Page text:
OPINION: Monopoly, not censorship, main threat to Ethiopia telecoms market

The Ethiopian government has been attacked from all sides in the last few months, with shouts of “Ethiopia bans Skype!” from activists and reporters. As it turned out, Ethiopia had not banned Skype or any other service, but was merely looking to crack down on misuse of such services by fraudulent businesses. The real issue for debate here is how the government continues to miss the dangerous lack of competition that continues to hinder the sector.

Ethiopia’s government came under strong fire as reports of its draft Telecom Fraud Offence Bill were interpreted to suggest a total lockdown on Voice Over Internet Protocol (VoIP) services such as Skype and GoogleTalk.

Activists and reporters alike immediately rang the alarm, drawing attention in particular to a clause that stipulates a potential 15 year prison term for those who violate the terms of the proposed law.

In the space of a few days, it was widely reported across the internet that all use of Skype, GoogleTalk, and all other VoIP services were illegal in the country, and punishable with up to 15 years’ imprisonment. Ethiopia’s government was further curtailing freedom of speech, freedom of communication, freedom of information – the list of alleged human rights breaches was endless.

But the reports were wrong. What they failed to grasp was, firstly, that the bill had not been passed, and, secondly, that the restrictions suggested were directed only at businesses, in a misplaced attempt on the part of the government to stop illegal internet-based operators from bringing the country’s barely-existent telecoms sector to ruins.

According to officials at Ethio-Telecom – the country’s only telecommunications provider – 83 percent of revenue from international calling services is lost to illegally operating internet-based providers.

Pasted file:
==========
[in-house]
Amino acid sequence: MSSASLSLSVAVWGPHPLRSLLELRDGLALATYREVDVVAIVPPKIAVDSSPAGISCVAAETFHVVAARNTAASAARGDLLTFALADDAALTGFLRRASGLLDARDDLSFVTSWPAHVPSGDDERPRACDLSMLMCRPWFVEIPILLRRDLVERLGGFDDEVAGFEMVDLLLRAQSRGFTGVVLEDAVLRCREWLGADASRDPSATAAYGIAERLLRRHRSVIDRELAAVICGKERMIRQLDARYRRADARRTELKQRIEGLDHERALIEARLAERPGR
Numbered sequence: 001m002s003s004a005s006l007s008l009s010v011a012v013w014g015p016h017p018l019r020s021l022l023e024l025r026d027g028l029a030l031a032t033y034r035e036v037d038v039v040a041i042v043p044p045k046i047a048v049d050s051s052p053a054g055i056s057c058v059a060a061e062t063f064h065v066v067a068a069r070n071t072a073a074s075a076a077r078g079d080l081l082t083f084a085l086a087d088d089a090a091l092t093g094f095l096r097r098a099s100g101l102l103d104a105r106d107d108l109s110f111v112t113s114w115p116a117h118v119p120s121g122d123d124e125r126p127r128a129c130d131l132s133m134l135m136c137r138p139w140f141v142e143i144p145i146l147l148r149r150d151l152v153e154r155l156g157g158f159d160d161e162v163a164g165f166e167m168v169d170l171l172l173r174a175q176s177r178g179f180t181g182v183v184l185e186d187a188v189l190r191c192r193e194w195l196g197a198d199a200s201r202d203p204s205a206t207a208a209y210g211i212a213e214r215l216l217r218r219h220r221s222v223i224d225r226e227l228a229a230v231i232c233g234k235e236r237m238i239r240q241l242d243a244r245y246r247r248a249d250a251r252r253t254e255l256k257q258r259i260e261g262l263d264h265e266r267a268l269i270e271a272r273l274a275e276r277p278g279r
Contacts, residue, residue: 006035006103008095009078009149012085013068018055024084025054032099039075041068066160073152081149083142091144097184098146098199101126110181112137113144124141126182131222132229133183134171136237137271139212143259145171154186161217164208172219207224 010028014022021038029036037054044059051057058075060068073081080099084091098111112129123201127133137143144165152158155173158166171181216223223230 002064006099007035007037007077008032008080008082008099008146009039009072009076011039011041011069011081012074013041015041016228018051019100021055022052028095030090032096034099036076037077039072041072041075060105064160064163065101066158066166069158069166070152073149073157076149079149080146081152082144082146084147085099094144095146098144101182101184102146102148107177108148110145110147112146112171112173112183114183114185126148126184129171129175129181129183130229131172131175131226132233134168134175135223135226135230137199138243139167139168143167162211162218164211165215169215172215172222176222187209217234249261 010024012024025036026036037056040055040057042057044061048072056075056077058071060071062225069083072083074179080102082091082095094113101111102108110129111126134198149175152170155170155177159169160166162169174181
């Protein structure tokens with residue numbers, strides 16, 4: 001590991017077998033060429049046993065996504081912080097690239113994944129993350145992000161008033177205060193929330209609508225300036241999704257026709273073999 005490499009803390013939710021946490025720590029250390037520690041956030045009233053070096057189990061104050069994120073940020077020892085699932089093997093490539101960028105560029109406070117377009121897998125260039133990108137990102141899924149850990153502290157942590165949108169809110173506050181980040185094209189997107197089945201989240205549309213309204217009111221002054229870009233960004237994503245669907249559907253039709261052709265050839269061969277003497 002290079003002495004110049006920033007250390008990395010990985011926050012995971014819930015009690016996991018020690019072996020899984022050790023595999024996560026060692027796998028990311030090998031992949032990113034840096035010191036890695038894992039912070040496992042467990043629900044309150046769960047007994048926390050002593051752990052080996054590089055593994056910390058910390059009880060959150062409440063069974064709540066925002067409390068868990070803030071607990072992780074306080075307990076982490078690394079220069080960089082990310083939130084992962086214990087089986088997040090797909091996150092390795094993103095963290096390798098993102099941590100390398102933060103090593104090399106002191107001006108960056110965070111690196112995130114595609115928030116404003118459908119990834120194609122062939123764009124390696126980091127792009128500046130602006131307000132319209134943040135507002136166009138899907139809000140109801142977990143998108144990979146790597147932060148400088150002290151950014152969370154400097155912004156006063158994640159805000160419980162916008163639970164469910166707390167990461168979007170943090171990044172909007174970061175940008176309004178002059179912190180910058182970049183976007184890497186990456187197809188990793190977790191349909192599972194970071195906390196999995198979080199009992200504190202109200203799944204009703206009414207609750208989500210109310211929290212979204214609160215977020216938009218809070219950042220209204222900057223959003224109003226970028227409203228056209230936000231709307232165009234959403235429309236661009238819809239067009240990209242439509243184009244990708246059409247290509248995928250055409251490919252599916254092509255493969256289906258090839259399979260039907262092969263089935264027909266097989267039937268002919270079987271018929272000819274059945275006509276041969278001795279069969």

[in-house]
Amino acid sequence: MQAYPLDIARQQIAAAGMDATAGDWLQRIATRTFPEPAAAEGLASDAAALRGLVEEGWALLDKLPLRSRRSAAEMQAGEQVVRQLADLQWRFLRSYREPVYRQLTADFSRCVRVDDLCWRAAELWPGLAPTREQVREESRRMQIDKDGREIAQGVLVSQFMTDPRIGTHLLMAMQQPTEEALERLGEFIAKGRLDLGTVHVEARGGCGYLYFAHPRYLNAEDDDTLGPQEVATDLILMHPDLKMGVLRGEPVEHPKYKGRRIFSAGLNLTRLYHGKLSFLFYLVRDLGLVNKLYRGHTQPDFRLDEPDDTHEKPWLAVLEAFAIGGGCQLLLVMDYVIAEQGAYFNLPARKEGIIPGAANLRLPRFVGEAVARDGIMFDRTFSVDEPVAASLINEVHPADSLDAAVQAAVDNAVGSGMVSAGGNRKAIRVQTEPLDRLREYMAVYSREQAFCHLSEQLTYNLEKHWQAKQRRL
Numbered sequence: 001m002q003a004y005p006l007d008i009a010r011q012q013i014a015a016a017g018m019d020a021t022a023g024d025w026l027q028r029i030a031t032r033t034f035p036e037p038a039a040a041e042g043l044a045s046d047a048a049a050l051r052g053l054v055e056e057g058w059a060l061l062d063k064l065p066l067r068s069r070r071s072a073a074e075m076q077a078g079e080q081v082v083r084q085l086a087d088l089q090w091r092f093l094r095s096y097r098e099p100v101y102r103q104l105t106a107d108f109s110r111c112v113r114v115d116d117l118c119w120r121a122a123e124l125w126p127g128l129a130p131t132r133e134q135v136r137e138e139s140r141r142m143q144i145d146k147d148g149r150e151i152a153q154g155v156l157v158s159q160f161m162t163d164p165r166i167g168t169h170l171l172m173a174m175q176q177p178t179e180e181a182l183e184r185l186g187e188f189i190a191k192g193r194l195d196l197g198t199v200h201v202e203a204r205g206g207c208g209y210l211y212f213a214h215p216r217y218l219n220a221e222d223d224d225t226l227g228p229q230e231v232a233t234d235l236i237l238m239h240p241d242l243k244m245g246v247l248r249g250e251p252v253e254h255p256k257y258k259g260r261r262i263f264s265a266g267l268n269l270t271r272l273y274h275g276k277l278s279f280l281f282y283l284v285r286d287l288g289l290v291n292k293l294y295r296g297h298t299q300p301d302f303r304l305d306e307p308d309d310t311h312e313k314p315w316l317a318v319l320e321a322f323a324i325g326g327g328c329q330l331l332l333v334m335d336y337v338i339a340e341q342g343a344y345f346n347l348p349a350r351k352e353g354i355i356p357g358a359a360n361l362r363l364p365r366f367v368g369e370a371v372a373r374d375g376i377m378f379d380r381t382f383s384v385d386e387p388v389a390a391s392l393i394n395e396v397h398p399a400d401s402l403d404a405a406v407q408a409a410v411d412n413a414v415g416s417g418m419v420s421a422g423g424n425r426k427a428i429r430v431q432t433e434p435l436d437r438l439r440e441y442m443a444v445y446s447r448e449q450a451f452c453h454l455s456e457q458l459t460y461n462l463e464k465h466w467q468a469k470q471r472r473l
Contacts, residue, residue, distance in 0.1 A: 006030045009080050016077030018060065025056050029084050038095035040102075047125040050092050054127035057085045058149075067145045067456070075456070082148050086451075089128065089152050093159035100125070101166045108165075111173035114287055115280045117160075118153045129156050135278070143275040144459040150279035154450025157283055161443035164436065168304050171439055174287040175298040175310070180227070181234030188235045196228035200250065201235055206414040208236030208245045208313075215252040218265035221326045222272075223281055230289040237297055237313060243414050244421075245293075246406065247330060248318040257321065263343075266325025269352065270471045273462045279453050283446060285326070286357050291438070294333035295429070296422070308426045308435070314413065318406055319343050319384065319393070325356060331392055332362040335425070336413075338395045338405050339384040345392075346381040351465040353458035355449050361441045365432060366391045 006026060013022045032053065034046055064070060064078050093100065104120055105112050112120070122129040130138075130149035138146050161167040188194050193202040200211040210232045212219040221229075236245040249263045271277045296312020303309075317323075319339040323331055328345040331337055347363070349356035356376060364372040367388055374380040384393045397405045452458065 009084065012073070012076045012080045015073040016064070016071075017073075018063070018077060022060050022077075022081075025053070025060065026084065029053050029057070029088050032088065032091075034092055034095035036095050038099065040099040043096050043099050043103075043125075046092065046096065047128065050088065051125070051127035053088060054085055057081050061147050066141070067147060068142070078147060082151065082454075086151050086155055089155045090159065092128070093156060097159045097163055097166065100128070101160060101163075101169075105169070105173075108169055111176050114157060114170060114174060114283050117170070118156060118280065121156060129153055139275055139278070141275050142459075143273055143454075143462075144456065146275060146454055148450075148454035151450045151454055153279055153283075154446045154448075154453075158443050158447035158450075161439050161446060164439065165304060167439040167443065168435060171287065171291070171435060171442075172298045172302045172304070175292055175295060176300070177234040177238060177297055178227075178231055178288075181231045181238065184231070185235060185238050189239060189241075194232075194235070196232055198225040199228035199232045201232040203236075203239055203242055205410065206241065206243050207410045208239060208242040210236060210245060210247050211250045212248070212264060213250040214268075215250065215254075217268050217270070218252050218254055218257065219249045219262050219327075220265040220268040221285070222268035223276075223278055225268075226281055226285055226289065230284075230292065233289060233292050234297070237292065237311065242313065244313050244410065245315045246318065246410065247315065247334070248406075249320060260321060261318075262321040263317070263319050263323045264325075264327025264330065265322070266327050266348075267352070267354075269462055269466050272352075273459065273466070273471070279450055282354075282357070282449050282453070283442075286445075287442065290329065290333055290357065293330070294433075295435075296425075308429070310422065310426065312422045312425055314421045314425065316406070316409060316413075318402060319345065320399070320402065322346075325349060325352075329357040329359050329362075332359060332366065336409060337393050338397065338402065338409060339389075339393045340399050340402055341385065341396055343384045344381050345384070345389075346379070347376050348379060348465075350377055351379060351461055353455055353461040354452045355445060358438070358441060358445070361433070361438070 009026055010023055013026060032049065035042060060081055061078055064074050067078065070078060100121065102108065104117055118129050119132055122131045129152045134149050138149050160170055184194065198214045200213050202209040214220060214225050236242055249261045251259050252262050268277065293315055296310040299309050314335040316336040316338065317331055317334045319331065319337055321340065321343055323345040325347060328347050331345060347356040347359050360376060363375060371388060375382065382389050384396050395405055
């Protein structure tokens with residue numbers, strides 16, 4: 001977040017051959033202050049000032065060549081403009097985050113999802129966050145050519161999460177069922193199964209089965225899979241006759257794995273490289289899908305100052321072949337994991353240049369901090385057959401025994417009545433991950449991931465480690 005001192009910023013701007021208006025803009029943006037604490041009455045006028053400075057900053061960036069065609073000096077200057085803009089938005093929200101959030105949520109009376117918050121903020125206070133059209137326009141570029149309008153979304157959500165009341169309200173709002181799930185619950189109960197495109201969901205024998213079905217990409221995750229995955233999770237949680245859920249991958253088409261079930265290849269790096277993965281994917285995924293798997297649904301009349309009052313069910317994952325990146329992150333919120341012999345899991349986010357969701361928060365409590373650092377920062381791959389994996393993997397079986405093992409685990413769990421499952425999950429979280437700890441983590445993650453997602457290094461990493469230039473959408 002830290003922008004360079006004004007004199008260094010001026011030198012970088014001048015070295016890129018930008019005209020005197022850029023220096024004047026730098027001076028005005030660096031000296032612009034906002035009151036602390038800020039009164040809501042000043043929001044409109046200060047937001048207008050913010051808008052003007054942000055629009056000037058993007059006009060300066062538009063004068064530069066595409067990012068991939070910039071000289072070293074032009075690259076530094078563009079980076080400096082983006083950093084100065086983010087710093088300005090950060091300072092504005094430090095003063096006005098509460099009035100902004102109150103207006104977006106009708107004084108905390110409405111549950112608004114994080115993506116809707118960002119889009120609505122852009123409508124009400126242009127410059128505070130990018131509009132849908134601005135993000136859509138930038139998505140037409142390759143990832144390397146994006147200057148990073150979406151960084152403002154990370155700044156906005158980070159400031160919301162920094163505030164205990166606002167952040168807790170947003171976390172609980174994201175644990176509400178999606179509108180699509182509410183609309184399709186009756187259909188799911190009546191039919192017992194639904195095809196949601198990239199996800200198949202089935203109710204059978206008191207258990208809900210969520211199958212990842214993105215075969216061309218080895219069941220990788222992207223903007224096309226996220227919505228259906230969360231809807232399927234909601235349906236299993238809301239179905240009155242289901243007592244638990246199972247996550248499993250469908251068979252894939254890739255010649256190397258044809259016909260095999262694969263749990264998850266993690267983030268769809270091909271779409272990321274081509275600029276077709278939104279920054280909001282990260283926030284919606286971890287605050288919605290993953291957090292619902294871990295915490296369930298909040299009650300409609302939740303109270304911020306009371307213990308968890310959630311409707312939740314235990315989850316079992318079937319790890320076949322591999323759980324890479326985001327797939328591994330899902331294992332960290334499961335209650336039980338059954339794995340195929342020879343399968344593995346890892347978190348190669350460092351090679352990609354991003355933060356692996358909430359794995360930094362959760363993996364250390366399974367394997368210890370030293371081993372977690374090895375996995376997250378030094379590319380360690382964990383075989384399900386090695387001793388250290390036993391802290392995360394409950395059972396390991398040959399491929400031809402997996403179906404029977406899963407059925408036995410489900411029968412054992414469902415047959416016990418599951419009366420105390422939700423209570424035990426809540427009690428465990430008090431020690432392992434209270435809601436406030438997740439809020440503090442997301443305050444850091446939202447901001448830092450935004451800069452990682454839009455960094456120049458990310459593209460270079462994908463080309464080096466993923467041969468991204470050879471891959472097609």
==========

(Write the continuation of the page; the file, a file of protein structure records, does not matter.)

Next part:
The government has not suggested any sort of restriction or ban on private individuals using internet based services such as Skype and GoogleTalk for their own personal use.

Speaking to the BBC’s Anne Waithera, an Ethiopian government spokesperson explained: “Skype is not illegal. What is illegal is using Skype for fraudulent activities such as making unauthorised calls… Some people even come from other countries with their SIM cards and operate here illegally. We need to have regulations, that is standard in all countries. In any business you have to be licensed… This law is in the public interest and the right of individuals to communicate is protected by our constitution.”

Who can contradict that? If we put aside the excitement that can be created through sensationalist misinterpretation, the truth is that business does need regulation, and most countries in the world do regulate the telecoms business sector. If properly implemented, where is the problem in a government imposing a ban on unlicensed operation of internet-based phone services – which are intended to undermine a legally operating economic activity?

Incredibly, what everyone failed to pick up on was the complete misdirection of the government’s efforts to protect its telecoms sector. Wanting to protect revenue from illegal operators is entirely innocent, but what the government should be doing if it wants an active telecoms sector is to open up the market to competition. Therein lays the real issue.

Ethio-Telecom is not only the country’s only telecommunications provider, but it is 100 percent state owned and operated.

No doubt the government does want to protect its income from fraudulent commercial operators: but the funds saved through implementing more stringent regulations are not going to achieve the economic benefits to be had from opening up a free and competitive telecoms market. This is the real problem with the legislation – the country still has not provided for a free-market.

On a related note, and one of more concern, is the revelation by Reporters Without Borders (RSF) that Ethio-Telecom may have installed a system for blocking user’s access to the Tor network, which enables anonymous browsing and a loop-hole for accessing blocked websites.

The RSF website explains that in order to block selected sites in the first place, Ethio-Telecom must be using Deep Packet Inspection (DPI) – a cutting-edge system which allows for filtering across a network.

Once again, the system is often used for purposes such as blocking terrorist sites, or sites with other inappropriate content (child pornography). But the fear is in the Ethiopian case that network filtering may be used to stifle political communication following the important role the internet played in the Arab Spring uprisings.

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